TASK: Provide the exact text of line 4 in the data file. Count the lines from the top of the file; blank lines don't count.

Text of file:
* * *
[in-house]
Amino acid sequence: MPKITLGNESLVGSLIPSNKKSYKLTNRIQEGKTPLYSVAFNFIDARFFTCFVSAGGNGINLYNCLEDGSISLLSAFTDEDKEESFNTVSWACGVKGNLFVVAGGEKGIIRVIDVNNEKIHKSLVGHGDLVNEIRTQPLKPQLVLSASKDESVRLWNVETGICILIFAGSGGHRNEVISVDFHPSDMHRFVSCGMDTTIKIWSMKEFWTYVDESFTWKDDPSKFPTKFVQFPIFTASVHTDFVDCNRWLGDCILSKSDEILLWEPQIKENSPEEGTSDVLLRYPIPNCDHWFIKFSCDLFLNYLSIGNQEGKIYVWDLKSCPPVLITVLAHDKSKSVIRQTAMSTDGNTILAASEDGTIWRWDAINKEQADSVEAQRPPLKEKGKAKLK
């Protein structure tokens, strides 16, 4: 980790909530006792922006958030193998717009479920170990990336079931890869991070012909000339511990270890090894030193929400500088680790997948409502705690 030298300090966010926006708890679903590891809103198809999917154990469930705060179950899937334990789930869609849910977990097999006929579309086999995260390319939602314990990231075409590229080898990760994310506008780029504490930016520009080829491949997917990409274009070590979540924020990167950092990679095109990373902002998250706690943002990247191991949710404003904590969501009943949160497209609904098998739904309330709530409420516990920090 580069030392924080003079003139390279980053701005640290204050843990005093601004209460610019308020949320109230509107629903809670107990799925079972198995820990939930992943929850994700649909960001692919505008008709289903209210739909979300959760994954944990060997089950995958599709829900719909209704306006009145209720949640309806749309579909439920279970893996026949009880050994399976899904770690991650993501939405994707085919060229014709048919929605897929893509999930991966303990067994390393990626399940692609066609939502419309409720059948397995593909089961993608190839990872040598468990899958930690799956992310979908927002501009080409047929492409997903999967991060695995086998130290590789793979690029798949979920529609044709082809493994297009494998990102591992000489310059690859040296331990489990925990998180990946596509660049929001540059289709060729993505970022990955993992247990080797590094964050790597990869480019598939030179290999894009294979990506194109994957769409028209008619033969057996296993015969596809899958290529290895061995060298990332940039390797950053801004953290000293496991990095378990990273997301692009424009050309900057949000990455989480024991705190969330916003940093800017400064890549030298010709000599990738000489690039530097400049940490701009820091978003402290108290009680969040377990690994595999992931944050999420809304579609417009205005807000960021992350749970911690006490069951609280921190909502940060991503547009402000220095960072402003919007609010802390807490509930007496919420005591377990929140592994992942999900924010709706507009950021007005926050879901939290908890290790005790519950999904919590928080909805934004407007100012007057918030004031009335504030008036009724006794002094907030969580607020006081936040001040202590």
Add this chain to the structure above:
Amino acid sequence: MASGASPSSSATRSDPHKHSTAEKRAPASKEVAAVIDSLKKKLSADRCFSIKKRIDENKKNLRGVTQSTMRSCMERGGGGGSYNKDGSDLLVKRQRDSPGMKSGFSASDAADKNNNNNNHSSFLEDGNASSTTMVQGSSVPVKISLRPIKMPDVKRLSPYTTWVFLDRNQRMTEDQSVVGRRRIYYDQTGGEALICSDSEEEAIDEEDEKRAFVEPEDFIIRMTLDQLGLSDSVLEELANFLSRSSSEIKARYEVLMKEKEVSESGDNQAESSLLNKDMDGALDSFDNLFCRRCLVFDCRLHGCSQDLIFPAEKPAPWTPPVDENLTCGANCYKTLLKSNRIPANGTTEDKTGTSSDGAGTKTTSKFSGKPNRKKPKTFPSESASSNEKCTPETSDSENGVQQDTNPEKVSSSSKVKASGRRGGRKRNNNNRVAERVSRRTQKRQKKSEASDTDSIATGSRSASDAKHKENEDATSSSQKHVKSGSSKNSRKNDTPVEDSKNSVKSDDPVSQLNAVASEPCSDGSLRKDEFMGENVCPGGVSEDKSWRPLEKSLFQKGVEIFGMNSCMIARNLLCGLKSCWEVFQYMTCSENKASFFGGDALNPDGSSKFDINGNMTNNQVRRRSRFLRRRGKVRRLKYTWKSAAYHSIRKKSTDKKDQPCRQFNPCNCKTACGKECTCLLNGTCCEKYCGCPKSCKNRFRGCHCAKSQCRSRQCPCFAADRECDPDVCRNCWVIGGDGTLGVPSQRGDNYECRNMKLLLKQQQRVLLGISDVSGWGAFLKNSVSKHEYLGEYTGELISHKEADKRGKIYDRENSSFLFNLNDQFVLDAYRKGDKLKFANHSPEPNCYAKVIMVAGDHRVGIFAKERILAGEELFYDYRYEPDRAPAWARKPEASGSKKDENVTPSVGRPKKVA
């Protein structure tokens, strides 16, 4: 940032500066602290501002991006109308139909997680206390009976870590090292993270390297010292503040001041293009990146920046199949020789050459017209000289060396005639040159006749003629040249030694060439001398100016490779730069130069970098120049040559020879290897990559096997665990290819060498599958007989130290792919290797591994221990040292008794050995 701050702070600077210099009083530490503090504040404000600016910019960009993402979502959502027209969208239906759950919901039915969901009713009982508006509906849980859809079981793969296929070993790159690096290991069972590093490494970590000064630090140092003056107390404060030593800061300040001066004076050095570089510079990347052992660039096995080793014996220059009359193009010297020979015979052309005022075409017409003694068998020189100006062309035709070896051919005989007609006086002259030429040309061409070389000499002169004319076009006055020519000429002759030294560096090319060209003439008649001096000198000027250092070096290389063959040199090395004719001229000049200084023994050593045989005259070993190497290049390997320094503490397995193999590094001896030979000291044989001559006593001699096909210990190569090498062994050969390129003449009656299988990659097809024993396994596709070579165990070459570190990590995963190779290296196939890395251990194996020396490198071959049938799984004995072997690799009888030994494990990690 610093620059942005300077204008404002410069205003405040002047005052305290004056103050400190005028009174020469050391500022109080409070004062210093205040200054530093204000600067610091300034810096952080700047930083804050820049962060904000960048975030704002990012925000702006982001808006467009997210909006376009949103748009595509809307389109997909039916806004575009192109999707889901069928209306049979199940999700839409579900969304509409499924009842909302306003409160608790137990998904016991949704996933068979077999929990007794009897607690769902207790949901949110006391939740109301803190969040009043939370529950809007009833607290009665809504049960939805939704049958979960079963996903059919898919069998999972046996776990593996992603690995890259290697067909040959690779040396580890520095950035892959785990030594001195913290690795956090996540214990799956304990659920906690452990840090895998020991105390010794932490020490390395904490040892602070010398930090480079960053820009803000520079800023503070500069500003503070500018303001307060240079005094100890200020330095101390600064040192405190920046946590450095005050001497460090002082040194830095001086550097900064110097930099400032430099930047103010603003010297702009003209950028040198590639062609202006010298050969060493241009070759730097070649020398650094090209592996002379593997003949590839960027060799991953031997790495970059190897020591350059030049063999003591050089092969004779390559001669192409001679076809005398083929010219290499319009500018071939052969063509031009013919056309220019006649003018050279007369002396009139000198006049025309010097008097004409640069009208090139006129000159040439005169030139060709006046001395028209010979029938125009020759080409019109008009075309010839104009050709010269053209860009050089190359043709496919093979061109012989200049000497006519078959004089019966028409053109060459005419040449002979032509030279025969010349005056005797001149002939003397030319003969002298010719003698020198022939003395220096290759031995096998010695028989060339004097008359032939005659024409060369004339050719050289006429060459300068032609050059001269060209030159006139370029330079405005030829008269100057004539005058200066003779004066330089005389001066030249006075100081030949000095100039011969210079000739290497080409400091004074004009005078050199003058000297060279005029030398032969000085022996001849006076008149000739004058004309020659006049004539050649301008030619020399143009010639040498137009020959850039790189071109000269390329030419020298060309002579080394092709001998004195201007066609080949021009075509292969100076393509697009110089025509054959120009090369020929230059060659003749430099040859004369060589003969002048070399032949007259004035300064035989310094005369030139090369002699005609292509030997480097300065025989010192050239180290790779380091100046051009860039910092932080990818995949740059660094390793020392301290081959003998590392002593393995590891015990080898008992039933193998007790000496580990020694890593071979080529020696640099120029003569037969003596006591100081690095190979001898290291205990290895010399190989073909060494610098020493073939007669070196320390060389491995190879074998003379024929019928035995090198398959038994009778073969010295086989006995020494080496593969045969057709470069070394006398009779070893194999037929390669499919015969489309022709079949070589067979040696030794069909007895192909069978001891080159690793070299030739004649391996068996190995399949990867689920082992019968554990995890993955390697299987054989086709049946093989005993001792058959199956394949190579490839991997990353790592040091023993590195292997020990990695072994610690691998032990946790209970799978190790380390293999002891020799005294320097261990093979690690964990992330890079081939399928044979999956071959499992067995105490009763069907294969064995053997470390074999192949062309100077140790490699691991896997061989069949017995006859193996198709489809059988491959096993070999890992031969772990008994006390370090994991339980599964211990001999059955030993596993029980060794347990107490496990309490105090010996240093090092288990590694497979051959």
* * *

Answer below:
Add this chain to the structure above: